Chris Miller, BSc (Hons) MBChB (Hons) PhD MRCP
Interstitial heart disease
More than 25 years ago, Weber proposed the term “interstitial heart disease”, to reflect the fundamental role of the myocardial interstitium in cardiac disease (JACC 1989). Indeed myocardial extracellular matrix (ECM) expansion, primarily due to excess collagen, appears to be a common process following acute and chronic myocardial injury, and central to heart failure pathophysiology.
Fibroblasts are the most abundant cell in the myocardium and appear to function independently of myocytes. Their isolated activation leads to collagen accumulation and the development of heart failure.
ECM expansion distorts myocardial architecture and leads to mechanical dysfunction, impaired electrical conduction with increased vulnerability to arrhythmias and structural and functional abnormalities of the coronary microcirculation.
Importantly, ECM expansion, and its adverse effects, appear reversible. Indeed the collagen regression associated with inhibitors of the renin-angiotensin-aldosterone system (RAAS), medications that improve patient outcome in heart failure with reduced ejection fraction, is proposed to represent a key mechanism of their action. Significantly, RAAS inhibition may be most beneficial in patients with underlying ECM expansion.
Measuring myocardial ECM expansion
Many of the features of ECM expansion and fibrosis in the heart are common to those seen in other organs (cf. liver ‘cirrhosis’, ‘interstitial lung disease’). However, fibrosis of the myocardium has not gained the clinical prominence as that of other organs, at least in part because a robust method to quantify myocardial ECM expansion has been lacking.
Recently we, and a number of other groups, have demonstrated that cardiac magnetic resonance (CMR) imaging accurately and reproducibly quantifies the space the ECM occupies (Figure 1).
In keeping with the interstitial heart disease paradigm, ECM expansion measured using CMR, appears to be strongly and independently associated with death and with hospitalisation for heart failure.
CMR T1 maps before (A, D, G) and after contrast (B, E, F), which are used to calculate myocardial ECM volume, in a patient prior to undergoing heart transplantation. The corresponding macroscopic cuts through the same patient’s explanted heart after undergoing transplantation are shown in C, F and I.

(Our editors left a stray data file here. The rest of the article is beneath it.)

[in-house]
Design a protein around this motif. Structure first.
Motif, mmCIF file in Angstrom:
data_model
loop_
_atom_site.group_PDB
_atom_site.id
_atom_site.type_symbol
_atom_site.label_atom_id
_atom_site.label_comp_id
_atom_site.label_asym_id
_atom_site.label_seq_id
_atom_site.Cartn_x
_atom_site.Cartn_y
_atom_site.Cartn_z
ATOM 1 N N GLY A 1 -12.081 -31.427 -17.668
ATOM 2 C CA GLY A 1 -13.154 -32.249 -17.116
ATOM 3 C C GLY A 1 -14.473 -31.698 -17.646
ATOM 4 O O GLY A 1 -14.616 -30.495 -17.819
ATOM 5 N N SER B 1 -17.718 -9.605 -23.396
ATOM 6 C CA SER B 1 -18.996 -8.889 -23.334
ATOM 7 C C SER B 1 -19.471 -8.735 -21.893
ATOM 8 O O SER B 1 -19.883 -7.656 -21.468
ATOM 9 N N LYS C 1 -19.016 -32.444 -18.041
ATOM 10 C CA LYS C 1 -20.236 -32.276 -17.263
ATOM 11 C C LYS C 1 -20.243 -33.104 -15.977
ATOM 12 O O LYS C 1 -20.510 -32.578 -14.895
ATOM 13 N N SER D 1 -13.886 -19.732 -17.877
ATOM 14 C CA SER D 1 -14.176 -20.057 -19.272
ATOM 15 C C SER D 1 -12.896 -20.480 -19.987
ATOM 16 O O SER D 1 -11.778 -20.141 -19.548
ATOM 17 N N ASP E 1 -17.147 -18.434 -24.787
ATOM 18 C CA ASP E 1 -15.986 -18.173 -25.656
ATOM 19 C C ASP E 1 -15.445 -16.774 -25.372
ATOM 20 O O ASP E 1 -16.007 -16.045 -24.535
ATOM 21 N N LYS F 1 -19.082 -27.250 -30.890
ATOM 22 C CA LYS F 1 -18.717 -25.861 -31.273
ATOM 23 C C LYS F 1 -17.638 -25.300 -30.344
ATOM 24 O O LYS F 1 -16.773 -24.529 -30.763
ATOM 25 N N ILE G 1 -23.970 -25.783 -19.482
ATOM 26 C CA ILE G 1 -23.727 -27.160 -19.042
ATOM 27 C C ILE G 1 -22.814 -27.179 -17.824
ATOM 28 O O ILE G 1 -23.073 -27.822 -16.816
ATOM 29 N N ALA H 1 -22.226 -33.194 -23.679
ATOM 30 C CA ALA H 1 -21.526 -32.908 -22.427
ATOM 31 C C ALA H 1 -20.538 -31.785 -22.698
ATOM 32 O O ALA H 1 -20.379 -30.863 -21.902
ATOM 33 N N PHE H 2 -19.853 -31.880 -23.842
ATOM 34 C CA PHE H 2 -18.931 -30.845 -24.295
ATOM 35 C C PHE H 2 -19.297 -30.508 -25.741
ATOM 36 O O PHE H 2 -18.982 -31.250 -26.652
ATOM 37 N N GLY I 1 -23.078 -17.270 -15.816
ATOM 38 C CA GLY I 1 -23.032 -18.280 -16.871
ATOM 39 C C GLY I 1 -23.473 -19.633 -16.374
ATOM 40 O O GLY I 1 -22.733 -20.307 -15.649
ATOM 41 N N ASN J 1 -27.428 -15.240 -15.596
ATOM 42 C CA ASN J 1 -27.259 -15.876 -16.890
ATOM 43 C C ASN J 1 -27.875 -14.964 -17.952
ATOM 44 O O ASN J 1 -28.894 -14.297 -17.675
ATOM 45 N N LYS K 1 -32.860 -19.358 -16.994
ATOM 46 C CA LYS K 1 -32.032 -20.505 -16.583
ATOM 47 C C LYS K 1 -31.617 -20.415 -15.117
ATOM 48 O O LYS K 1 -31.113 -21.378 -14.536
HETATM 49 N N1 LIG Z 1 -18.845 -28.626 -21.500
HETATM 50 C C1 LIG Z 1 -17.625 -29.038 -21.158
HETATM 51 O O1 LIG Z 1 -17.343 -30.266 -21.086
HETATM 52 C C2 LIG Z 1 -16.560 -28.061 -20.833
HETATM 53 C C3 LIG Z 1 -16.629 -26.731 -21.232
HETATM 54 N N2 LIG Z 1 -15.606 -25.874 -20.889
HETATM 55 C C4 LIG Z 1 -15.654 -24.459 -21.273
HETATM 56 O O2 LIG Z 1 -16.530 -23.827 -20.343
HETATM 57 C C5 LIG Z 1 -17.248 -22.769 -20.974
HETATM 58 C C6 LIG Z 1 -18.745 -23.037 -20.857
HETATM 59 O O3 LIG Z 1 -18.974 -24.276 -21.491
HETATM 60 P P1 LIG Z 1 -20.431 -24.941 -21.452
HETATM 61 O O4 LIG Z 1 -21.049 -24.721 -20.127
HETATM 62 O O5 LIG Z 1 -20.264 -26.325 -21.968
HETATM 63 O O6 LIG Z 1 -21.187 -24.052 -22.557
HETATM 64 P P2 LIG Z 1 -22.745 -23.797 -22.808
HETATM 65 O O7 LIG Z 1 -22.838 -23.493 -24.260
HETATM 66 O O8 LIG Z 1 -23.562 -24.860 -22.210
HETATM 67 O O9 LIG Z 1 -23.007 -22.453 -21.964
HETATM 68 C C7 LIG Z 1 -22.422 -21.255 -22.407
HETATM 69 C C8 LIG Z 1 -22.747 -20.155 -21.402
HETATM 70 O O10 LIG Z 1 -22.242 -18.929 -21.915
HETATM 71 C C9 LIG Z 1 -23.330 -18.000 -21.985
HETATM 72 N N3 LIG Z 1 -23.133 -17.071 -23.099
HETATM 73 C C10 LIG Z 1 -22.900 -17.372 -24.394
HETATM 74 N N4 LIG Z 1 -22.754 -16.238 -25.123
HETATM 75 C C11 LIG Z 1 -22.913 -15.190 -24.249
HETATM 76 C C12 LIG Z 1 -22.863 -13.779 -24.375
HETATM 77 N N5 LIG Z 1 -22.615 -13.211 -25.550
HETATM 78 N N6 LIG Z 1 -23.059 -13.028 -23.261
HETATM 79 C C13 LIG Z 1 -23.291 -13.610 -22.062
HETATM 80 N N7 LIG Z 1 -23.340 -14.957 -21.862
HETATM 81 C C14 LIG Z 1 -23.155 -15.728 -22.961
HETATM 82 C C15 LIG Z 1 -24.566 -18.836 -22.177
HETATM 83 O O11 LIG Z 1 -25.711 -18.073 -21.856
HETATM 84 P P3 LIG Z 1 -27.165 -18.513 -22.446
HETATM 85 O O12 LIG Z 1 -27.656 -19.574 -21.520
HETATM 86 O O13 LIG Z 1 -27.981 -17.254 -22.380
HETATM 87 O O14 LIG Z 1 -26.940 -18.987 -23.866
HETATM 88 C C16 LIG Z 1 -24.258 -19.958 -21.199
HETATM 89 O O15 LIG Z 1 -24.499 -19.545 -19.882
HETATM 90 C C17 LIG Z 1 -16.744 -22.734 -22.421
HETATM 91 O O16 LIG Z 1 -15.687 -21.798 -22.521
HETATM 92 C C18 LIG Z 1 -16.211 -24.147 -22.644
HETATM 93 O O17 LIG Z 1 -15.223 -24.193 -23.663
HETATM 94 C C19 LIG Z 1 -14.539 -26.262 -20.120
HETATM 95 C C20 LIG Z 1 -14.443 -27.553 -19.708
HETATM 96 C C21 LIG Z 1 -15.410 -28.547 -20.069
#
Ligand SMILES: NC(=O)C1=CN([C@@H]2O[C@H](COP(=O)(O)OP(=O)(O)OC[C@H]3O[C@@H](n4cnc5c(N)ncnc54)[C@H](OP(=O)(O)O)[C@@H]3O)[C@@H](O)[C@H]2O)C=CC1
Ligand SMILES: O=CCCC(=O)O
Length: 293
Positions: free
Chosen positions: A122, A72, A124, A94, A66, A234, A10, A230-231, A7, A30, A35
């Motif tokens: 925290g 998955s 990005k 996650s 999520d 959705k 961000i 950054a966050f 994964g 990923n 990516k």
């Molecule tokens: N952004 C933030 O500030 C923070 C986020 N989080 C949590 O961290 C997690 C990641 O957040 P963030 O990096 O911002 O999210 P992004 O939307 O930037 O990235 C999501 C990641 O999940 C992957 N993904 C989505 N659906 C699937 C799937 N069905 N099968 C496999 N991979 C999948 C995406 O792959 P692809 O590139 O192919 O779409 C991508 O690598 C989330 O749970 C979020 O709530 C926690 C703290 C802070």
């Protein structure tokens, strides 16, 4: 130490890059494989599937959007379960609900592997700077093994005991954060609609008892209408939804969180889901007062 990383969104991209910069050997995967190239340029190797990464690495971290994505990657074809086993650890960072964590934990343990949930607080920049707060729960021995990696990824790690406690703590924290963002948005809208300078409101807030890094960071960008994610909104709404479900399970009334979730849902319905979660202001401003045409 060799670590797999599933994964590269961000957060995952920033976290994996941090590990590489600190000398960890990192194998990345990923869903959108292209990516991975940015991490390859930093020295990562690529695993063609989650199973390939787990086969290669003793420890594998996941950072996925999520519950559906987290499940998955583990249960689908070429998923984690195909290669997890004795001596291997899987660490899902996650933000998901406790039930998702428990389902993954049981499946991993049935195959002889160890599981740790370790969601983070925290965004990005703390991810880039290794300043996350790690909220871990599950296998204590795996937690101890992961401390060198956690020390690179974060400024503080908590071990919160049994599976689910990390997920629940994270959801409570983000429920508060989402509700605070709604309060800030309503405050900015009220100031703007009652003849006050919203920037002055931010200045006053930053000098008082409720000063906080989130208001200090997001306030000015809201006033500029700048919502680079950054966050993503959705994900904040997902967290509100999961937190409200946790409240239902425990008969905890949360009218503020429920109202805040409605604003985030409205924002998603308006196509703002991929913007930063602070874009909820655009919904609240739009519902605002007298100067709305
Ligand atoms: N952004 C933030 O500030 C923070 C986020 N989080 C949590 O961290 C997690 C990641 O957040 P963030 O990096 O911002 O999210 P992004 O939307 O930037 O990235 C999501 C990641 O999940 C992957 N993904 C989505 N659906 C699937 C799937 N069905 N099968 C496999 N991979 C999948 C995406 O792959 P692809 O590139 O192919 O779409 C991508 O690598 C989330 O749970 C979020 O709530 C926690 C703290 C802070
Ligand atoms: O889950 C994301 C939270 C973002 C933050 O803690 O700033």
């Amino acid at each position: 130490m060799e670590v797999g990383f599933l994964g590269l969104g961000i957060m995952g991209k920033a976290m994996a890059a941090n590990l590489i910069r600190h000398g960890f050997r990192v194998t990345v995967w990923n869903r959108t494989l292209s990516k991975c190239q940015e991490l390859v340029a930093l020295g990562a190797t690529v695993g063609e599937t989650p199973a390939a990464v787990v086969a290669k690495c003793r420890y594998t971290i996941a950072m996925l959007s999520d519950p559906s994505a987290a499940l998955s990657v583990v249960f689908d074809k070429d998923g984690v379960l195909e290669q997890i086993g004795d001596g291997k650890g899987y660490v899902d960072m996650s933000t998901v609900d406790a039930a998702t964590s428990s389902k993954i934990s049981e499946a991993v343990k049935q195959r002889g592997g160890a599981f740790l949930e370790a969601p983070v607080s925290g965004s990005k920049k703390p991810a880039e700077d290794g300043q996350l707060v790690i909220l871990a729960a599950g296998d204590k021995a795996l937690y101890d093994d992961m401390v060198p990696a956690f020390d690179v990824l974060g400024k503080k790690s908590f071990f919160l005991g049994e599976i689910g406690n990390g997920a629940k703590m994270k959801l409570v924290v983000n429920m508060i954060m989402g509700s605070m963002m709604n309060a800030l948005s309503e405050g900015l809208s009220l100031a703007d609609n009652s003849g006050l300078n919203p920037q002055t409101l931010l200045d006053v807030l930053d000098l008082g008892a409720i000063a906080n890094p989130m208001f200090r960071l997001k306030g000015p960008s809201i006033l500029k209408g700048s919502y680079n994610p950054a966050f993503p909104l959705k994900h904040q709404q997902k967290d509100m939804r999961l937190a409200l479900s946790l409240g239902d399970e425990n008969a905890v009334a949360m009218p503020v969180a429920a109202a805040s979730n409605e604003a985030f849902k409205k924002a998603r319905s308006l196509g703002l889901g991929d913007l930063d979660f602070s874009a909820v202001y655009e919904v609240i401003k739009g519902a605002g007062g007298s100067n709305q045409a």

We are developing a translational approach to myocardial fibrosis.
We are in the process of conducting clinical trials in humans of novel antifibrotic agents to determine if they lead to myocardial fibrosis regression, and if this in turn improves myocyte function.
We are characterising ECM expansion using CMR across a range of cardiovascular conditions in a large cohort study, and assessing its prognostic utility.
We are determining structural mechanisms responsible for the myocardial ECM expansion using electron microscopy and the molecular drivers using RNA sequencing and quantitative mass spectrometry.
Schelbert, E.B., Piehler, K.M., Zareba, K.M., Moon, J.C., Ugander, M., Messroghli, D.R., Valeti, U.S., Chang, C.C., Shroff, S.G., Diez, J., Miller, C.A., Schmitt, M., Kellman, P., Butler, J., Gheorghiade, M. and Wong, T.C. (2015) Myocardial fibrosis quantified by extracellular volume is associated with subsequent hospitalization for heart failure, death, or both across the spectrum of ejection fraction and heart failure stage. J Am Heart Assoc. 4, e002613. PubMed
Miller, C.A., Naish, J., Yonan, N., Williams, S.G., Shaw, S.M., Clark, D., Pearce, K., Stout, M., Potluri, R., Borg, A., Coutts, G., Chowdhary, S., McCann, G.P., Parker, G.J.M., Ray, S.G. and Schmitt, M. (2014) Multiparametric Cardiovascular Magnetic Resonance Assessment of Cardiac Allograft Vasculopathy. J Am Coll Cardiol. 63, 799-808. PubMed
Miller, C.A., Naish, J.H., Bishop, P., Coutts, G., Clark, D., Zhao, S., Ray, S.G., Yonan, N., Williams, S.G., Flett, A.S., Moon, J.C., Greiser, A., Parker, G.J. and Schmitt, M. (2013) Comprehensive validation of cardiovascular magnetic resonance techniques for the assessment of myocardial extracellular volume. Circ Cardiovasc Imaging. 6, 373-83. PubMed